Goshen Gardens

In 1978 Bert Bottorff and Donald Belknap started the Land O’ Goshen Nursery on the Belknap Family Farm of the same name. Belknap who was living on his grandmother’s farm was looking for someone to go into the landscape business with,

After a few years Botorff was doing both the designing and taking care of day-to-day operations. Donald Belknap went on to attend medical school and became an emergency room doctor. Around 1985 Belknap and Bottorff dissolved the partnership and Bottorff continued to run the nursery.

Bottorff was a classical linguist and scholar trained in Latin, Greek and German with a slew of degrees and credits. But gardening became his passion.

In the spring of 1986 Bottorff passed away. Tommy Bachmann an employee of the nursery since the spring of 1981 then acquired the nursery. He renamed the Nursery Bert’s Goshen Nursery.

Fourteen years later he changed the name to Goshen Gardens. Goshen Gardens was originally a  restaurant on Highway 42 where they raised their own beef to the delight of the passing truck drivers.  That site is the present day Lions Club and is on land originally donated by Edie and Don Belknap.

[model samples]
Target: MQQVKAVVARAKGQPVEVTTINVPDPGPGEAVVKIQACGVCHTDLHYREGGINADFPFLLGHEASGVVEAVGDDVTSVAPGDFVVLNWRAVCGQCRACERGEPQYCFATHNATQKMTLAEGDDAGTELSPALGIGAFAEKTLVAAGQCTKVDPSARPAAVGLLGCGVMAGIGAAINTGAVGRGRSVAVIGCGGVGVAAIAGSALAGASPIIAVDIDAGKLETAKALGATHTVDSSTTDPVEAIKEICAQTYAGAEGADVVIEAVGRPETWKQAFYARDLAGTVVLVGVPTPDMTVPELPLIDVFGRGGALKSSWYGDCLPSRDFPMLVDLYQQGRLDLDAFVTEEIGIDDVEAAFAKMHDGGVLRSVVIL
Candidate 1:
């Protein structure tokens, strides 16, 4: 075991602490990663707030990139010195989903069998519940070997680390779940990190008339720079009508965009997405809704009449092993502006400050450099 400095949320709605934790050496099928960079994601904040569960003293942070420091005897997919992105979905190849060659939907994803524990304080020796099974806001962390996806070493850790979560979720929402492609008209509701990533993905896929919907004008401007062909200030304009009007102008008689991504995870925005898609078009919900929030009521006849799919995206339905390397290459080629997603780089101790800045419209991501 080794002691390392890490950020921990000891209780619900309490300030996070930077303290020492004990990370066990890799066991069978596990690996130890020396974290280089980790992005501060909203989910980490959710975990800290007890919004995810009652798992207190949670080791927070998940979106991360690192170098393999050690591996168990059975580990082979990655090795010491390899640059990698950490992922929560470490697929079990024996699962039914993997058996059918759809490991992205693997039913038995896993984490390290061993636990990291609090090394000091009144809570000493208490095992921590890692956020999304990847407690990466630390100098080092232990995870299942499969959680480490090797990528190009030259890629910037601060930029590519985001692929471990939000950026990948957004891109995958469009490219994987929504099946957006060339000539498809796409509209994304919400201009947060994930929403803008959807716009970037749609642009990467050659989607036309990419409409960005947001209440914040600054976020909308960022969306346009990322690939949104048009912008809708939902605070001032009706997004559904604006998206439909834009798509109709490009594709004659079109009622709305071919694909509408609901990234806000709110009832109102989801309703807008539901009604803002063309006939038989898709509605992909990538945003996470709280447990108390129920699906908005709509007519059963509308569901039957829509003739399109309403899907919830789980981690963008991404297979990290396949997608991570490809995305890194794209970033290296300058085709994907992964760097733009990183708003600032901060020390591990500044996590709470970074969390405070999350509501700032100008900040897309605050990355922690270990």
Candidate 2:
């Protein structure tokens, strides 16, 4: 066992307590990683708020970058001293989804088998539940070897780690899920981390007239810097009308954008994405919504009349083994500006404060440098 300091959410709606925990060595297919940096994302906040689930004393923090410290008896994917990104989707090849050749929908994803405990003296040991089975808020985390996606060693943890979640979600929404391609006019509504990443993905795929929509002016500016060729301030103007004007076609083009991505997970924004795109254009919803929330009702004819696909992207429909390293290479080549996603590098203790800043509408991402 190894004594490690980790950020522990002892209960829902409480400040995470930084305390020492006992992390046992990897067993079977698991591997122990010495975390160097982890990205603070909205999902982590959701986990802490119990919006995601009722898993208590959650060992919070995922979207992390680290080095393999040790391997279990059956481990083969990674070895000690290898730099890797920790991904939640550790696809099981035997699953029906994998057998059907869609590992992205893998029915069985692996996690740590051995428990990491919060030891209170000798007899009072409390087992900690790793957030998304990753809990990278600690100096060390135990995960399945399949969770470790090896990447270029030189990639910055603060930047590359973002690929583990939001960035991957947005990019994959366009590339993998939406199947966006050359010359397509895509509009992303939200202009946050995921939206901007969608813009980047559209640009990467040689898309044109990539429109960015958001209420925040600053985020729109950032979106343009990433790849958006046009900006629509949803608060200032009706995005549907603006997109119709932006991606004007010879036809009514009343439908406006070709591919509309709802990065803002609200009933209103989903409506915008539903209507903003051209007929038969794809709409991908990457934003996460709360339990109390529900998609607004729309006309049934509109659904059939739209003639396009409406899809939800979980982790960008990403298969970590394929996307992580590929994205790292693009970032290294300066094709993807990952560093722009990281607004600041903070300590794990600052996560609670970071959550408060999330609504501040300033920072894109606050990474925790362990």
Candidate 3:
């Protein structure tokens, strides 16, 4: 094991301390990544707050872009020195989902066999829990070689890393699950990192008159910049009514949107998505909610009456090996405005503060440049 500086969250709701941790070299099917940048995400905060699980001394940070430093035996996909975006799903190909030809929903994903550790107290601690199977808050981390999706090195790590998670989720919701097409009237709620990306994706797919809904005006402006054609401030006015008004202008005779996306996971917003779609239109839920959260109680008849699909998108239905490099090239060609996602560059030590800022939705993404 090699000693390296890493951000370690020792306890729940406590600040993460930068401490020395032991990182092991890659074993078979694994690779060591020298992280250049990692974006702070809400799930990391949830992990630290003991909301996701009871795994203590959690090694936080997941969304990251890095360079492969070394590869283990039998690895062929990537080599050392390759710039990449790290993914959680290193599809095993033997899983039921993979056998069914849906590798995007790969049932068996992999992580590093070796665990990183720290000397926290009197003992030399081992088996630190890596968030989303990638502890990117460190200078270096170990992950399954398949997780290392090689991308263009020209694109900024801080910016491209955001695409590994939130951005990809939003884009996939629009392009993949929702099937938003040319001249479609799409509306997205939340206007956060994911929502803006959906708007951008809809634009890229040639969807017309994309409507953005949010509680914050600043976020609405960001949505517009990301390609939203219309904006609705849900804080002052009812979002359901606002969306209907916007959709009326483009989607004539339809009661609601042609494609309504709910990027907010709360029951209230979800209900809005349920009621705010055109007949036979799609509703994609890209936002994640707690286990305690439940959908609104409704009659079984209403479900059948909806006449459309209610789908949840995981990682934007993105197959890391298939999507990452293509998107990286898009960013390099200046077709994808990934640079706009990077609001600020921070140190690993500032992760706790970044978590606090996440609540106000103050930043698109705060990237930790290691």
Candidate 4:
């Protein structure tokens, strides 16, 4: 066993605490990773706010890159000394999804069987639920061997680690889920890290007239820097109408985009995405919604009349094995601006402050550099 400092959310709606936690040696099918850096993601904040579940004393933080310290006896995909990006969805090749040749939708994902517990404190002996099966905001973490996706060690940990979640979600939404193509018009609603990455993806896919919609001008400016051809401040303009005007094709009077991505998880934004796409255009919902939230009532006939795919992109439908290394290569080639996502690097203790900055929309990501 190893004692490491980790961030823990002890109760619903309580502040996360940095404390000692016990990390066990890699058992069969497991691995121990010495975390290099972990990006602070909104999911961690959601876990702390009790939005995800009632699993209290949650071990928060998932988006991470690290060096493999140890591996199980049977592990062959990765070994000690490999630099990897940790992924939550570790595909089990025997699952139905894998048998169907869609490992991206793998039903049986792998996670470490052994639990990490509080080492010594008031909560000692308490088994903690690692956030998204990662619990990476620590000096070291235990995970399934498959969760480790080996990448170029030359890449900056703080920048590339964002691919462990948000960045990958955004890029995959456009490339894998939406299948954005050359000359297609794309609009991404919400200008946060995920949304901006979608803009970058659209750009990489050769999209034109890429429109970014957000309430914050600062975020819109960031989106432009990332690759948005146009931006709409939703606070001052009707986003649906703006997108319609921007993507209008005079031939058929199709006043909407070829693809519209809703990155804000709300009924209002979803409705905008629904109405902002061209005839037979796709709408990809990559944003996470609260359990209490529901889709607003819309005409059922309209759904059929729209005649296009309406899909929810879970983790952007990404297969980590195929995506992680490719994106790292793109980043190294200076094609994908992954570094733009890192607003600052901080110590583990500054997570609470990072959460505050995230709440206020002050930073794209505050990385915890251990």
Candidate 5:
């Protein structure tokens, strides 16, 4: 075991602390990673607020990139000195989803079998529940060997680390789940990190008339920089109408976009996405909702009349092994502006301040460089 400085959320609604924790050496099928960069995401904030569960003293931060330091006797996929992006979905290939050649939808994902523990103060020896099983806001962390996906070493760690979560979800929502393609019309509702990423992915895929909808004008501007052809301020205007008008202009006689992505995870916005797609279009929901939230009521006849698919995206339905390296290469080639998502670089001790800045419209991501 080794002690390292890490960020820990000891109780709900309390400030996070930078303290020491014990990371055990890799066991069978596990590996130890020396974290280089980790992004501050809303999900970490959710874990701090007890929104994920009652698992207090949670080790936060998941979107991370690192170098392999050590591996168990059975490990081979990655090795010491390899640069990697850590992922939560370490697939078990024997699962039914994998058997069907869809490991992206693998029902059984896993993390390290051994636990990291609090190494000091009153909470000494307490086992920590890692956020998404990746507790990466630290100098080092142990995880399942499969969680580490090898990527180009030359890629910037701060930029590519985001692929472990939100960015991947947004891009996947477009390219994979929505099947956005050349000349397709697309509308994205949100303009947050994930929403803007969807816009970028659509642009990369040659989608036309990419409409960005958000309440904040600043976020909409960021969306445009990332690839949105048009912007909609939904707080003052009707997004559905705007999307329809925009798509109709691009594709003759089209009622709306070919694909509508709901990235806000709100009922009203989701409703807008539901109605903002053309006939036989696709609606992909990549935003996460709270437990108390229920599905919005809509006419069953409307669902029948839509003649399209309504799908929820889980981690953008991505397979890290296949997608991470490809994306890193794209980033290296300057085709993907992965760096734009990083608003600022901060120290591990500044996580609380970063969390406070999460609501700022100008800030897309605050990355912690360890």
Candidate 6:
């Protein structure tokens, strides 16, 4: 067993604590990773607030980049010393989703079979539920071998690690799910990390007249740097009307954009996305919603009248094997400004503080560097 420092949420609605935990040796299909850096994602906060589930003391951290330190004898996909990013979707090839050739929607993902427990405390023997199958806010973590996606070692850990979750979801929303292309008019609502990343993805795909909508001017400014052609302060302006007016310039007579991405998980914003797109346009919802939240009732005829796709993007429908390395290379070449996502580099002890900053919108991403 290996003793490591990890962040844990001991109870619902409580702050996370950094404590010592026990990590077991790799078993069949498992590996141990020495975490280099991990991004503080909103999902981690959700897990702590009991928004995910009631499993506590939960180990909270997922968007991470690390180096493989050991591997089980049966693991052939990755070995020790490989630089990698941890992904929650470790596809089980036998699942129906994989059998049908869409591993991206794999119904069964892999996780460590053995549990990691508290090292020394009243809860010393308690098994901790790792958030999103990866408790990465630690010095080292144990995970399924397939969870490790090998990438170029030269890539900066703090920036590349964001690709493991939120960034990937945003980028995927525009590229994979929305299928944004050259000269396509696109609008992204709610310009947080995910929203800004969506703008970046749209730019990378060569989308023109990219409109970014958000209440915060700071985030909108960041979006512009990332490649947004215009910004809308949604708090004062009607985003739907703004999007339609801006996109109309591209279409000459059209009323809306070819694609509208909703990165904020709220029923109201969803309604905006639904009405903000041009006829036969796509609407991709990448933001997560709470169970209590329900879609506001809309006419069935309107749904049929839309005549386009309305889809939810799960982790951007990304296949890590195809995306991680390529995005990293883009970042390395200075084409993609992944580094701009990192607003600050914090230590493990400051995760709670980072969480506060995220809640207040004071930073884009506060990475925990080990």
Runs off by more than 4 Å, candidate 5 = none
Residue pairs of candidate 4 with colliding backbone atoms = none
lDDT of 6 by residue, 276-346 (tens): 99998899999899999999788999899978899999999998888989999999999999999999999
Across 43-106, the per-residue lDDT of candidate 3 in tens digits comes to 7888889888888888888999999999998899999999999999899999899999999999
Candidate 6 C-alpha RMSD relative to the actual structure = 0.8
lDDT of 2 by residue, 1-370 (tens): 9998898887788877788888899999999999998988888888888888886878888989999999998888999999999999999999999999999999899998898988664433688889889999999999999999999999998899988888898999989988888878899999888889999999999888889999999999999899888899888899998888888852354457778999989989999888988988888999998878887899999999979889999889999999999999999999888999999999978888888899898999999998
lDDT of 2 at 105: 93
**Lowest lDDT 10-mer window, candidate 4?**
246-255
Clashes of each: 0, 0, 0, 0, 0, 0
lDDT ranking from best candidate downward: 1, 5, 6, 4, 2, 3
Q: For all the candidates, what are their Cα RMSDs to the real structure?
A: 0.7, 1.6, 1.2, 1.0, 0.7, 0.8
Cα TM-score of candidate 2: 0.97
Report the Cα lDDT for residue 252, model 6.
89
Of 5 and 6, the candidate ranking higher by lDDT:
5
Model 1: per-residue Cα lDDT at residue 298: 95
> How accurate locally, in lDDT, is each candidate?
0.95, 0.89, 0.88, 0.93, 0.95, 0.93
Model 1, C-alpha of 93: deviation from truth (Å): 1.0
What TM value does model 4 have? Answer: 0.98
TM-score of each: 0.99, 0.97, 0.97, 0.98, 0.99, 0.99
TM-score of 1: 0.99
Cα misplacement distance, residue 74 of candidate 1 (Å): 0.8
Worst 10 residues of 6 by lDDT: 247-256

The business that Tommy began managing in 1986 consists of 20 acres of  homegrown trees native to Kentucky. As stated above It was originally part of Land O' Goshen Farms, owned by William Burke Belknap of the famed Belknap Hardware Co. in Louisville. Belknap was  a breeder of American Saddlebred horses. He and his second wife Edith Clarke Belknap, who was born September 28, 1896, in Hudson Heights, Quebec lived on the farm. Edith, also known as "Aunt Edie" petitioned to become a naturalized citizen on July 10, 1942. She lived at Land O'Goshen farm with William Burke Belknap until his death and she died March 24, 1983 in Oldham, Kentucky.

Tommy Bachmann has continued the tradition of the nursery. Native plants and specializing in full grown trees and plants for some of the large farms and homes in the Oldham County area. it was noted in an article in the Village Voice that Bachmann was recognized as  “one of the world’s most interesting plantsmen.”



Bert Bortorff with a fish sculpture by Barney Bright used in one of his designed gardens. Photo from Louisville Magazine article in 1982

Lou Mag

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